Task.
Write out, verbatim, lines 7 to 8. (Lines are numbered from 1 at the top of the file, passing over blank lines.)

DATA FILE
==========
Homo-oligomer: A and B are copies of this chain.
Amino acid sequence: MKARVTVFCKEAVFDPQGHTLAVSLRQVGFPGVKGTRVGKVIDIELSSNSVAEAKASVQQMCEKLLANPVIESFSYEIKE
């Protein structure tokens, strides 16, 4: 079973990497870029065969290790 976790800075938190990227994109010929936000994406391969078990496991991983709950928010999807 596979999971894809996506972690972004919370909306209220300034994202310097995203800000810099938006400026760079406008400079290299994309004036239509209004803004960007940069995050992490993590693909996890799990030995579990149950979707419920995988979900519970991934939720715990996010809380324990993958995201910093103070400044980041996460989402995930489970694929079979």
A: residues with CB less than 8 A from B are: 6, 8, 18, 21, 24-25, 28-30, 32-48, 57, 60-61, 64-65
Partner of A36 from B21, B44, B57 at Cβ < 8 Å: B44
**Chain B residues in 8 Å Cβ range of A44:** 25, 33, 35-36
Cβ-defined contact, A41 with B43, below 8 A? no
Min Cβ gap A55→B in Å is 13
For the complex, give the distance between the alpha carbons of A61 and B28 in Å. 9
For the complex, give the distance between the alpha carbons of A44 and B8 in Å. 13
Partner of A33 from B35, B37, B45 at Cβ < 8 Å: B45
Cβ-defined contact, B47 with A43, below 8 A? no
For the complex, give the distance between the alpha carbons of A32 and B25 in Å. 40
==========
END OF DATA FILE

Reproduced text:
Cβ-defined contact, A41 with B43, below 8 A? no
Min Cβ gap A55→B in Å is 13